A little typewriter therapy:
I’ve heard this too many times.
“You will never be enough. You will never be okay. You will never be successful. You will never be happy. You will never be picked. You will never be loved. You will never be forgiven. You will never be trusted. You will never be friends again. You will never be at peace again. You will never be at home again. You will never be better.”
I know it’s a lie most of the time. But in the moment, in the worst of every downward spiral, there comes the voice that says “never.” It’s an irretrievable vacuum, like the lights are shutting off behind me and I’m getting chased by darkness. Getting nevered is to be exiled.
I had a math tutor in fourth grade who used to shout at me. “You will never be smart enough for this.” He made me write the Pythagorean theorem hundreds of times, until my hand was swollen, though I wasn’t sure how it was helping. For months, this tutor kept yelling how stupid I was. My parents never found out. I still think about this all the time.
I have had to grieve when “never” became true. Sometimes “never” does happen. Loss happens. All change involves loss. All loss is change. I have had to welcome “never” with a bitter embrace. I don’t like it. I still don’t.
I think there are times I must refuse to believe “never.” I have to know when to pick those battles. I have to fight that voice.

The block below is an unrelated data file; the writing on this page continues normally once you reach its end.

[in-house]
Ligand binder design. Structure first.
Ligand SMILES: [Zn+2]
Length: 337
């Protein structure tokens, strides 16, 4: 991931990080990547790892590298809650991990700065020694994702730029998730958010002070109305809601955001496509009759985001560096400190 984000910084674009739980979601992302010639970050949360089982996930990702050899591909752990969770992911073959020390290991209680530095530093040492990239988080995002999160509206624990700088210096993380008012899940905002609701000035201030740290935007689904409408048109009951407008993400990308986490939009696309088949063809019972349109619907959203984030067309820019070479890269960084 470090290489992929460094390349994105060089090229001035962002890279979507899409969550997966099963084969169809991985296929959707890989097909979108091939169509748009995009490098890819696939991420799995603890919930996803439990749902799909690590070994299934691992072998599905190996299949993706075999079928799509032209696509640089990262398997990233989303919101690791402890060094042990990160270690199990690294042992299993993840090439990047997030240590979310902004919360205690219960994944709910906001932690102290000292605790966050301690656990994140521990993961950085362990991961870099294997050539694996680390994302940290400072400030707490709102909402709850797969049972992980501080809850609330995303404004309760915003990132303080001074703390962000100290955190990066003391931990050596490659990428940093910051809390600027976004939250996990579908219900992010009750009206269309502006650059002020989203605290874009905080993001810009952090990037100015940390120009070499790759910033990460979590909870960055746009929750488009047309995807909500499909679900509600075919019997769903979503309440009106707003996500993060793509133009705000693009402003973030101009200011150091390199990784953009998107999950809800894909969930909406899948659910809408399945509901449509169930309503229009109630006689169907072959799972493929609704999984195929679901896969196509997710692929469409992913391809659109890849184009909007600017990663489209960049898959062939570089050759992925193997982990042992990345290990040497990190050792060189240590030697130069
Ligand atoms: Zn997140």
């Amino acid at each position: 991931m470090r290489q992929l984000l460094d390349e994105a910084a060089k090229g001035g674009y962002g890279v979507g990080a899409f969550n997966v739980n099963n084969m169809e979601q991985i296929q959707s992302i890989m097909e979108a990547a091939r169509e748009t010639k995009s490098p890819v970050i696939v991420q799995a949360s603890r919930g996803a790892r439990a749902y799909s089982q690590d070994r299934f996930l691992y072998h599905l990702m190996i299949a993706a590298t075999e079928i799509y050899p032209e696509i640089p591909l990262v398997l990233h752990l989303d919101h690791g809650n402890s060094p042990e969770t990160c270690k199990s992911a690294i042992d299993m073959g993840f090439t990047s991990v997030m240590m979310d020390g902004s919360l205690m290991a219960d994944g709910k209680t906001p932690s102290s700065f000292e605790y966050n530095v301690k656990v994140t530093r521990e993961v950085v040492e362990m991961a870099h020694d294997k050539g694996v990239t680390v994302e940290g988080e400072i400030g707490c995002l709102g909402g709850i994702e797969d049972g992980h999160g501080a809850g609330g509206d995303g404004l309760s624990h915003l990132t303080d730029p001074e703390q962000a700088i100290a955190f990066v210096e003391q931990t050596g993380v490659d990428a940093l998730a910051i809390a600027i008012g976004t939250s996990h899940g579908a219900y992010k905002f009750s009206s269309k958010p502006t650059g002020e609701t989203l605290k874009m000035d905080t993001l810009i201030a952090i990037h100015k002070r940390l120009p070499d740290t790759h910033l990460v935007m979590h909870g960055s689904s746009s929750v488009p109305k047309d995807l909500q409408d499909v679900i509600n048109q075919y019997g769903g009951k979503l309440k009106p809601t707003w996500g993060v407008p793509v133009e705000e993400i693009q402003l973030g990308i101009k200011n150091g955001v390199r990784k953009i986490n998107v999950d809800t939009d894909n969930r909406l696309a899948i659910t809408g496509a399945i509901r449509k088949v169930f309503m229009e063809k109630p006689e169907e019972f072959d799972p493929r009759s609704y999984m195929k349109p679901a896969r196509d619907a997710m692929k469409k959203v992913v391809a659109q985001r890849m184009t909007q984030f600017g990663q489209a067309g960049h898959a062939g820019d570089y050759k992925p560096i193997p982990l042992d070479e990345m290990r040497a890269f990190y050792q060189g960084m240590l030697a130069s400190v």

Are you dealing with this, too? What does it look like? Sound like? How do you get free? How do you fight this voice?
One of the most heartbreaking things in my Korean heritage is our divided country. I wasn’t born there, but I took an interest back in college when I rallied with Liberty in North Korea at the steps of Capitol Hill in DC. I remember knocking on the doors of Congress members’ offices, even speaking with a few as they let students share about the tragedy of two Koreas.
Seeing the two Korean presidents meet is a big deal. It’s worth celebrating. I also have doubts, questions, uncertainties, as I’m sure many citizens do. I remain both cynical and hopeful that this meeting is a good first step. I still believe that reunification is possible in our lifetime.
Thank you to Nissi, Andy, Sandra, Crupa, and Amber for picking up my book on fighting depression, How Hard It Really Is. Grateful to Sandra for picking up five copies to give away. Praying the book blesses each of you.
Officially graduated from my year long chaplain residency. Pics of our ceremony service. Thank you and love you friends, for your prayers and encouragement. Thank you to the incredible doctors, nurses, surgeons, unit coordinators, PCTs, environmental services, and every other unsung hero of the hospital. On to more chaplaincy and the next chapter!
Marriage is hard. Pretty pictures and bite-sized highlights might give you a false impression that it only takes sparks and looks: but the gritty reality is work, tears, and sacrifice. It’s a dance, everyday, to compromise and serve. In the depth of this tough humility, there can be great beauty. Real joy requires a fight from our very best.
Photo by The Ganeys
It can be easy to romanticize a passion or a social cause or a marriage or raising kids with tons of posed pictures and flowery words—but all such things are gritty, raw, rough, and painstakingly sculpted from our fully invested hearts. There is a lot of standing around and sweating through our shirts and seasons of self-doubt and all the frustrated parts that no one else can see. We fall in love with highlights but these were formed in the valley. Please don’t be seduced by soundbites and filtered photos and bowtie daydreams. Real joy actually hurts, but that’s why it’s real. It was carved from the best of us.